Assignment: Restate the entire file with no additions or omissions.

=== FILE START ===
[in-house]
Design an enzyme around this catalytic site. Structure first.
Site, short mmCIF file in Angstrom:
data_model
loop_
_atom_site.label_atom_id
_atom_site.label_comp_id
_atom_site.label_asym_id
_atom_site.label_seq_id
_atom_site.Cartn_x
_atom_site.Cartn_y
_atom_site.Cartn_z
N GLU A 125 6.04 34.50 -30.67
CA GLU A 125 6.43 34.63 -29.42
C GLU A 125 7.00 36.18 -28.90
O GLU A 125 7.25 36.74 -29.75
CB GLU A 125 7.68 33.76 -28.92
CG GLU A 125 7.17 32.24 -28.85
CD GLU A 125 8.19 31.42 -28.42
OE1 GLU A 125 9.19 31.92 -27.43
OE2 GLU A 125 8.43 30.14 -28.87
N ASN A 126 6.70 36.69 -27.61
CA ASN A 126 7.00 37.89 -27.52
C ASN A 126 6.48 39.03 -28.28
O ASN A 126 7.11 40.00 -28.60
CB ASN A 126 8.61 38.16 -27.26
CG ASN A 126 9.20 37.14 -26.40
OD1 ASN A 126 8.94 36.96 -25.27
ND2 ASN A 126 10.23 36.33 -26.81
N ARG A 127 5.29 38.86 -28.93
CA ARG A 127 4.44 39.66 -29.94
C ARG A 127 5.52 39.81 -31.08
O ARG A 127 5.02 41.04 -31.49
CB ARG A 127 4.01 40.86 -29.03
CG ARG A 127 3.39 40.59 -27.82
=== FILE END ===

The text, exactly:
[in-house]
Design an enzyme around this catalytic site. Structure first.
Site, short mmCIF file in Angstrom:
data_model
loop_
_atom_site.label_atom_id
_atom_site.label_comp_id
_atom_site.label_asym_id
_atom_site.label_seq_id
_atom_site.Cartn_x
_atom_site.Cartn_y
_atom_site.Cartn_z
N GLU A 125 6.04 34.50 -30.67
CA GLU A 125 6.43 34.63 -29.42
C GLU A 125 7.00 36.18 -28.90
O GLU A 125 7.25 36.74 -29.75
CB GLU A 125 7.68 33.76 -28.92
CG GLU A 125 7.17 32.24 -28.85
CD GLU A 125 8.19 31.42 -28.42
OE1 GLU A 125 9.19 31.92 -27.43
OE2 GLU A 125 8.43 30.14 -28.87
N ASN A 126 6.70 36.69 -27.61
CA ASN A 126 7.00 37.89 -27.52
C ASN A 126 6.48 39.03 -28.28
O ASN A 126 7.11 40.00 -28.60
CB ASN A 126 8.61 38.16 -27.26
CG ASN A 126 9.20 37.14 -26.40
OD1 ASN A 126 8.94 36.96 -25.27
ND2 ASN A 126 10.23 36.33 -26.81
N ARG A 127 5.29 38.86 -28.93
CA ARG A 127 4.44 39.66 -29.94
C ARG A 127 5.52 39.81 -31.08
O ARG A 127 5.02 41.04 -31.49
CB ARG A 127 4.01 40.86 -29.03
CG ARG A 127 3.39 40.59 -27.82